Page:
The content of coating material is between 2.5 and 30% by weight, preferably 4 to 20% by weight, more particularly 5 to 10% by weight, based on the starting material used including any carrier material which may be used. It goes without saying that even if a larger quantity of coating material is used the feed additive according to the invention is stabilized, although it is within the scope of the invention to keep the quantity of coating material as small as possible. Generally, the starting material consists of about 25% zinc bacitracin and carrier substances to make it up to 100%. The preparation according to the invention is prepared by the following process:

The powdered starting material, for example having a particle size of between 1 and 60 micrometers is placed in the air controlled granulating system mentioned hereinbefore. The air flowing into the layer of powder through the rotating slots fluidizes the product. Then an approximately 3 to 10%, preferably 5 to 10% solution or suspension of the coating material which is used as the granulating liquid is sprayed into these fluidizing zones and into the fluidized bed from below. The individual parameters of the process, such as the quantity of air supplied, the temperature of the air supplied, the temperature of the exhaust air, the humidity of the exhaust air, the diameter of the spray nozzles, the spraying rate and the speed of rotation of slot/nozzle depend inter alia on the size of the apparatus used. Specific information on these points appears in the Examples. If desired, the reaction may be carried out under an inert gas such as nitrogen.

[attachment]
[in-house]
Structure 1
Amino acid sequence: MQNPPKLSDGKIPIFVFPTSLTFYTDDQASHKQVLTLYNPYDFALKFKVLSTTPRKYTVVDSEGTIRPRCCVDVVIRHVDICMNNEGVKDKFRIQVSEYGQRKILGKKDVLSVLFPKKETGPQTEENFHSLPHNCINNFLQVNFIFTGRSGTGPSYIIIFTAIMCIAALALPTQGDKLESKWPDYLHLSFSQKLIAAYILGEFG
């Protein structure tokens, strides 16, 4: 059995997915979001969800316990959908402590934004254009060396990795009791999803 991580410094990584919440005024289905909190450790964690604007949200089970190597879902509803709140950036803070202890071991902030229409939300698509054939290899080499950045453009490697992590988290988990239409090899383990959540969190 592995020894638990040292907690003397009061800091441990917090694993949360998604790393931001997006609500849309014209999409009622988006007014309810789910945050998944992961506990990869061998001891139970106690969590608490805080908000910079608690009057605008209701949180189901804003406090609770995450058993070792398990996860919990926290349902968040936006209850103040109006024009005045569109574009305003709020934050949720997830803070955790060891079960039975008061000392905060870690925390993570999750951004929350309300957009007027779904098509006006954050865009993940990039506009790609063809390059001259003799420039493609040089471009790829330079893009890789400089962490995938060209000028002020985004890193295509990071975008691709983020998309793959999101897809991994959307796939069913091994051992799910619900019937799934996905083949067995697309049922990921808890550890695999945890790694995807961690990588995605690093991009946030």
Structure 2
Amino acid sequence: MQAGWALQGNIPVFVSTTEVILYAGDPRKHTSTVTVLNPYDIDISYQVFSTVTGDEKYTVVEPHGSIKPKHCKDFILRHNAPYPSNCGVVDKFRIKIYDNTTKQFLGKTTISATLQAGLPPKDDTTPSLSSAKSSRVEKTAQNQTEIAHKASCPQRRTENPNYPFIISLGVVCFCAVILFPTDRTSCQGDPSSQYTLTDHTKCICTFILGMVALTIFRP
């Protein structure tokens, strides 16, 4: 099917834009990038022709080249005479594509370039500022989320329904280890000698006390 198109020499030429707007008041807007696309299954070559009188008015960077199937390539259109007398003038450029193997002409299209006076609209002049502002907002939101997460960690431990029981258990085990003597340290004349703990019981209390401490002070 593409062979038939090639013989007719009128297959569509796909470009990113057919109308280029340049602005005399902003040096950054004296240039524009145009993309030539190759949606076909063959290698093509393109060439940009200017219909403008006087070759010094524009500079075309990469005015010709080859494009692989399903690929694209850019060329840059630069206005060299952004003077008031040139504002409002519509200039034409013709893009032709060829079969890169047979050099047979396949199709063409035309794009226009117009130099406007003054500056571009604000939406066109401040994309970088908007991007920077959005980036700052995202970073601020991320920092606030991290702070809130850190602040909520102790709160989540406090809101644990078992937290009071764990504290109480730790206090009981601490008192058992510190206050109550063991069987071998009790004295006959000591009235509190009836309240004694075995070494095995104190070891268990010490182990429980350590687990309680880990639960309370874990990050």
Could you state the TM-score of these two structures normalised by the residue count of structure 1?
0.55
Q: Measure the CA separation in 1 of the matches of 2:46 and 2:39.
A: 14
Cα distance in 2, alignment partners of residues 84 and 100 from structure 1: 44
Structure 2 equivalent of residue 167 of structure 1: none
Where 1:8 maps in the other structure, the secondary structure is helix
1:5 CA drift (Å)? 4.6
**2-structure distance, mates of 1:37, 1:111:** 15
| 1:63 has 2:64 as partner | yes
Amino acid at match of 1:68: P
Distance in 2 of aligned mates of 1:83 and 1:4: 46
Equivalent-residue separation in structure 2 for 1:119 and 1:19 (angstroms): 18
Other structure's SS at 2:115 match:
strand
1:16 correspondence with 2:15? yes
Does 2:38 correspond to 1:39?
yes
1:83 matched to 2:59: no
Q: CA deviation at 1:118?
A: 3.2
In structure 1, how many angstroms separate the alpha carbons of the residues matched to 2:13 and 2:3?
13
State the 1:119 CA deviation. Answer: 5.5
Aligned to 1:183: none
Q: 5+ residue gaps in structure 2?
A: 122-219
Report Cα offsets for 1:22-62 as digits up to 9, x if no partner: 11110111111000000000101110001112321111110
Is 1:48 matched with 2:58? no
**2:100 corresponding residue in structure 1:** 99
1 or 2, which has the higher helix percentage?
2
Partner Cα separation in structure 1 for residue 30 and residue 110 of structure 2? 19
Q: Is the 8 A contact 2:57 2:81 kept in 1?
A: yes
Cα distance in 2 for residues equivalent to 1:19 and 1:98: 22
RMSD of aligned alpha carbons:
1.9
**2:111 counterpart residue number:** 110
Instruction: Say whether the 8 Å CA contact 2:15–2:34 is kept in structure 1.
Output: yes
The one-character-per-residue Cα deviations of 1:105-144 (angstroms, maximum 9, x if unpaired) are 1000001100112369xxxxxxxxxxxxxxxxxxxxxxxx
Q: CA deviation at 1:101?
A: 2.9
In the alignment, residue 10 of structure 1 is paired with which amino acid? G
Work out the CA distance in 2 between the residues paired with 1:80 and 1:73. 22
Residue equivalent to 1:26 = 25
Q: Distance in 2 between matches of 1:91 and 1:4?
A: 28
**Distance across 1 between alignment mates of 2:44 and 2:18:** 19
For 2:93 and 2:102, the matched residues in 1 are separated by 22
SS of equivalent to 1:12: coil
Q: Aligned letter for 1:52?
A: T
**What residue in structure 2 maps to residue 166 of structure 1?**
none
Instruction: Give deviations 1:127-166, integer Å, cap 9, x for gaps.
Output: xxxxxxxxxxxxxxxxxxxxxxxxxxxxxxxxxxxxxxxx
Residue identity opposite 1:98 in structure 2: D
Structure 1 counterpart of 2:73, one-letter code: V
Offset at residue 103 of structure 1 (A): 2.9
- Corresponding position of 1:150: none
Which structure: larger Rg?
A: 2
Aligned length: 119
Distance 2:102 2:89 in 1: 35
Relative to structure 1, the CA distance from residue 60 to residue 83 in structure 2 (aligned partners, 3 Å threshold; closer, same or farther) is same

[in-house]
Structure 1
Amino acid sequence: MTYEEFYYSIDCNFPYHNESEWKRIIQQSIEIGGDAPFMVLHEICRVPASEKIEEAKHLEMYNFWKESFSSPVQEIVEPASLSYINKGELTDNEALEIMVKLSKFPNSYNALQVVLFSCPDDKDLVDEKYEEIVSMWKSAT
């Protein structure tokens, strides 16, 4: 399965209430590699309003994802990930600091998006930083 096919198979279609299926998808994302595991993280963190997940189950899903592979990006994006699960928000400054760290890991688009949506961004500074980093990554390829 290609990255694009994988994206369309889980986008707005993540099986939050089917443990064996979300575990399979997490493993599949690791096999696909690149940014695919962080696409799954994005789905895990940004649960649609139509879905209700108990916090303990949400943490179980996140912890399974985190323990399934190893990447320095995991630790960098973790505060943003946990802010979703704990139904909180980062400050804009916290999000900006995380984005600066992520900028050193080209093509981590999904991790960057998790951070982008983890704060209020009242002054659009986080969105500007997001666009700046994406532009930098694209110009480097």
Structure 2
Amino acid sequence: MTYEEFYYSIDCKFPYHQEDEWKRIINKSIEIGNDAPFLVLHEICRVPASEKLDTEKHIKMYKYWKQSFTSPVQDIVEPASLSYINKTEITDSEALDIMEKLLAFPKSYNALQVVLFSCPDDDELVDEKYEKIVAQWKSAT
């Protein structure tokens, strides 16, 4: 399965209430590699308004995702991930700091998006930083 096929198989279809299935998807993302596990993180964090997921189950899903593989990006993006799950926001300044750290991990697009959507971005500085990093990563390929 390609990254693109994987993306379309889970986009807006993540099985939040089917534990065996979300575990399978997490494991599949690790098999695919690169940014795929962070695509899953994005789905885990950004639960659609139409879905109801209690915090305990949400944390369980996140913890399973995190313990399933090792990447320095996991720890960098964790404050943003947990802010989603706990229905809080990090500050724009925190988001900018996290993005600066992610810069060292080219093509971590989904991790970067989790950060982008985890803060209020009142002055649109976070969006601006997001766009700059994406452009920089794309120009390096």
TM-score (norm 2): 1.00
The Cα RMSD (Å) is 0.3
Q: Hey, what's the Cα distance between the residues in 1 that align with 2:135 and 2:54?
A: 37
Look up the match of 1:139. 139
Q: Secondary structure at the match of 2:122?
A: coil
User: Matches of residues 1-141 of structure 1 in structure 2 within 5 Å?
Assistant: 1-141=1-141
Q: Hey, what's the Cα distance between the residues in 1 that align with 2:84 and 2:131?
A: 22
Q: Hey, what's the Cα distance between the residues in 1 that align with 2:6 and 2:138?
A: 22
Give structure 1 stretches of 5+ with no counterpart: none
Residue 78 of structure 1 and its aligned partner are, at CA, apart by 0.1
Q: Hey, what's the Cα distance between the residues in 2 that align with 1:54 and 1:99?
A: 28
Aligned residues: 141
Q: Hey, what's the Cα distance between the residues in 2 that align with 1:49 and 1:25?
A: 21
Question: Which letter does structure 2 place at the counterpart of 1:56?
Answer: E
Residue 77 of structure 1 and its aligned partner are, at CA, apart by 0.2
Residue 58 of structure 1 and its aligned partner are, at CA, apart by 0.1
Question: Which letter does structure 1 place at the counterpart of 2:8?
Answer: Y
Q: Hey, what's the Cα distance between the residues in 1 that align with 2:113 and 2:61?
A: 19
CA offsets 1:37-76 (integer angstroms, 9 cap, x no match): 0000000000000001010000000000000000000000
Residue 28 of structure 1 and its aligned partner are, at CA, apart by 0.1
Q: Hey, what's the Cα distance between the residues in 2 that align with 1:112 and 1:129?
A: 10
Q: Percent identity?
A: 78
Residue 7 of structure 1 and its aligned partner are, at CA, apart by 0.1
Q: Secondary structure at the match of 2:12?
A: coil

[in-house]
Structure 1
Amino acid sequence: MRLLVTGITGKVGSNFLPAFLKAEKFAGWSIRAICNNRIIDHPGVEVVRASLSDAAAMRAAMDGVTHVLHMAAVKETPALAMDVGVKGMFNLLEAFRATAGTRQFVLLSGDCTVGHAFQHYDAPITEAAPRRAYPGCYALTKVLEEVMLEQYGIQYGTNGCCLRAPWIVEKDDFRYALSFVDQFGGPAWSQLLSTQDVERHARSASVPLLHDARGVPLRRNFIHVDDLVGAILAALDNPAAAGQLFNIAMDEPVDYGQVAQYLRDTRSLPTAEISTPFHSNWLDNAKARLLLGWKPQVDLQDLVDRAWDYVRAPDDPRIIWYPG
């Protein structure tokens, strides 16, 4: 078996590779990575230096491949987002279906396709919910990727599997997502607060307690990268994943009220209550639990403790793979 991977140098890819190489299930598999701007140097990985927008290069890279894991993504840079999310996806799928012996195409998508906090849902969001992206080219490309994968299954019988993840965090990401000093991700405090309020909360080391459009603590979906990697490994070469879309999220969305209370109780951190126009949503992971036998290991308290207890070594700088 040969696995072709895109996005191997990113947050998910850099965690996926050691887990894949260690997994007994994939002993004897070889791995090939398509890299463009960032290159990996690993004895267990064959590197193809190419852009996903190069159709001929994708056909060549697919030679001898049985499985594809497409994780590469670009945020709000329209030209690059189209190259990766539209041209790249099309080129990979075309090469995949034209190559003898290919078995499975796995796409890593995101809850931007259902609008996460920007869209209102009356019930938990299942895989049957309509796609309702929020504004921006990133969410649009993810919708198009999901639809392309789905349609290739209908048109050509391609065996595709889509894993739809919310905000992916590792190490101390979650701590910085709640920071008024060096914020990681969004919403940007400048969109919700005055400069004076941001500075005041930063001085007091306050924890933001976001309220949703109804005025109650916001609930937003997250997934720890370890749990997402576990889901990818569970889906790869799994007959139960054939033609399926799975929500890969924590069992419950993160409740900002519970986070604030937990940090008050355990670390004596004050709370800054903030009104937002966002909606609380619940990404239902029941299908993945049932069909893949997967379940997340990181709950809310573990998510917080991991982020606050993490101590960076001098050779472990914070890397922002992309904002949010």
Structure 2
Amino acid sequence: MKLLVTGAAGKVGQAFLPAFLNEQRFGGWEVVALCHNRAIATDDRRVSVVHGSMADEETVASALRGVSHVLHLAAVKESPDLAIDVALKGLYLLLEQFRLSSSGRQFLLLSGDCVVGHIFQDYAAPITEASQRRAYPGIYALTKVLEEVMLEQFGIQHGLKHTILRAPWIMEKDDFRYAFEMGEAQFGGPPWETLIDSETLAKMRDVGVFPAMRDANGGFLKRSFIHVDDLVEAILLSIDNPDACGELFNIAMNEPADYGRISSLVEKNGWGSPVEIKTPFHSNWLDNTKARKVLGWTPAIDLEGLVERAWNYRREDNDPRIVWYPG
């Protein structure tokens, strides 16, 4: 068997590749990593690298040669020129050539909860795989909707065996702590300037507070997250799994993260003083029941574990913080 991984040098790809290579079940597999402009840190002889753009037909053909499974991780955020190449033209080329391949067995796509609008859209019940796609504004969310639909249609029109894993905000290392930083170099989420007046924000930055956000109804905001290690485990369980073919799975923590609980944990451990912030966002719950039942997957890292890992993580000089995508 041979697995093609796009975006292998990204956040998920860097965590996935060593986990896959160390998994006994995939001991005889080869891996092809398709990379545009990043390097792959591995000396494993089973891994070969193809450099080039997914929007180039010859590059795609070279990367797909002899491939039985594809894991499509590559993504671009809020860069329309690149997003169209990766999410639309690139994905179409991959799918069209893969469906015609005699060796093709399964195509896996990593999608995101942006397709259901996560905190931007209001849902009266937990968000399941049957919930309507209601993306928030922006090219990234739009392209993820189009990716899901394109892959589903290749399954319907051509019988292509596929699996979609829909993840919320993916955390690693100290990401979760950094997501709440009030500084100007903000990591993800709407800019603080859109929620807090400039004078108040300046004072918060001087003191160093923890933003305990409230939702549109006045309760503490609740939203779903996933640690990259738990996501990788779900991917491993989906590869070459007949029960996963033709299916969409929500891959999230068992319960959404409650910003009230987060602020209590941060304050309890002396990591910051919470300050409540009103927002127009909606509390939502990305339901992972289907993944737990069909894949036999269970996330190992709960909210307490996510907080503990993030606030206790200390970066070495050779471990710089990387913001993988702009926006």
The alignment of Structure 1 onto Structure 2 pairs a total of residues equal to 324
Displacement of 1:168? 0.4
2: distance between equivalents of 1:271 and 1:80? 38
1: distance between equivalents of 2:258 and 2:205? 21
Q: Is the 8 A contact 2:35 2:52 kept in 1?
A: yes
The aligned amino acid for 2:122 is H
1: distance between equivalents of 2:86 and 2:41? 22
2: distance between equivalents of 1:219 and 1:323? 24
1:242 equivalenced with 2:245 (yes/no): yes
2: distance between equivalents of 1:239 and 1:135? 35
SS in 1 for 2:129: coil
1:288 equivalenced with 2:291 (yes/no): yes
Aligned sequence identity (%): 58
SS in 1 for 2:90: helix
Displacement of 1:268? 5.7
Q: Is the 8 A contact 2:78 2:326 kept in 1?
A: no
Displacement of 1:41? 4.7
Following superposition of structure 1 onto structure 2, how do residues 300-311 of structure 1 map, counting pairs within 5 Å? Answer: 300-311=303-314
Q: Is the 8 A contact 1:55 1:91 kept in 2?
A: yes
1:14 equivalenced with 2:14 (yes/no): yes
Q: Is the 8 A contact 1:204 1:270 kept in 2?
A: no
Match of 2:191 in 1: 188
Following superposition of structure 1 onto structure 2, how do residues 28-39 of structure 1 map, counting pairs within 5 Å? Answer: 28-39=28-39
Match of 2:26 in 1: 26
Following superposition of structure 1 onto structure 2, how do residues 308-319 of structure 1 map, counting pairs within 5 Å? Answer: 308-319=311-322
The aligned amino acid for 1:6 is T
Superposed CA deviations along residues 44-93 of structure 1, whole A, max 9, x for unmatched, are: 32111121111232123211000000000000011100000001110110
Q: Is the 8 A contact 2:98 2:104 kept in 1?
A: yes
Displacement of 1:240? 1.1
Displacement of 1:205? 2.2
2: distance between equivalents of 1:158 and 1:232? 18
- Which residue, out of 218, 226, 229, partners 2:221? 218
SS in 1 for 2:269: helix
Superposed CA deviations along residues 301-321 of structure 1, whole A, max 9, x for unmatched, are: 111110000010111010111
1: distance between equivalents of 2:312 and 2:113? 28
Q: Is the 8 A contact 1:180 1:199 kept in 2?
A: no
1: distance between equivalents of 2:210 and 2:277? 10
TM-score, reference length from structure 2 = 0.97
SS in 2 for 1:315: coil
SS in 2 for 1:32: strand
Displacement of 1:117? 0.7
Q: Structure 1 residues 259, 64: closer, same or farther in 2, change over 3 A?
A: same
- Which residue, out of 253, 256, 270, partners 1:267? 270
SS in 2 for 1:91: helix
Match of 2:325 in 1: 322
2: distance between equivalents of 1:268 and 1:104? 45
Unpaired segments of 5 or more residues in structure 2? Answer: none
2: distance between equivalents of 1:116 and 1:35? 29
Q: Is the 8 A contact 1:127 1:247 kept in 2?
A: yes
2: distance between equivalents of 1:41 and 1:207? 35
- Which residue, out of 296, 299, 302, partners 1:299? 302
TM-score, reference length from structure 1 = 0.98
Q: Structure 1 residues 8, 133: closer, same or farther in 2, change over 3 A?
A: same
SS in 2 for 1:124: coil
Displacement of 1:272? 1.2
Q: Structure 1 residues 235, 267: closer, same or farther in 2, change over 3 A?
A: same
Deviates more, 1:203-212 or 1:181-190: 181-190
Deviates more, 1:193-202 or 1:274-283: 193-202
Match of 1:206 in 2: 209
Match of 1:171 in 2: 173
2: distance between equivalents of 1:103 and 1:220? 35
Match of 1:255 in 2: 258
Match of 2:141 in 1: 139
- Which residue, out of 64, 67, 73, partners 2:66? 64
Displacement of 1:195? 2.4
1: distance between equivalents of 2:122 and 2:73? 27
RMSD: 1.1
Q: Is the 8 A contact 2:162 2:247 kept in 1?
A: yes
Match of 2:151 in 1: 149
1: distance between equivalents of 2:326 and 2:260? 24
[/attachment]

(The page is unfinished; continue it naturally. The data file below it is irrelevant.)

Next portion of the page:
The entire process time is much shorter than in conventional granulation processes, e.g. the fluidized bed method. A further advantage is that not only is the preparation granulated but the coating surrounds the starting material entirely to form a complete covering. The difference from conventional granulation methods in which the coating is incomplete can be demonstrated by photographs taken with a scanning electron microscope.

Because of the very smooth surface the product according to the invention has very good flow qualities. The feed additive prepared by the process according to the invention exhibits a typical, relatively narrow distribution of particle sizes. FIGS. I and II show the particle size distribution of the feed additive zinc bacitracin, by way of example. In conventional fluidized bed granulation, a spectrum of this kind can only be achieved after repeated screening and mixing. Compared with conventionally prepared products, the product according to the invention shows virtually no content of fine dust and no abrasion. The feed additives prepared by the SKD method exhibit no detectable abrasion of active substance in the Stauber-Heubach test (Fresenius, Z. Anal. Chem. (1984) 318: 522-524). Table I shows the results for typical mixing batches. It is particularly worth noting that no zinc bacitracin can be detected in the so called fine dust fraction. This eliminates the risk of the feed additive endangering the health of those people working with the feed mills in the course of their work. Another advantage of the granulated product thus prepared is in its prevention of dust explosions which often constitute a risk when finely powdered substances are present.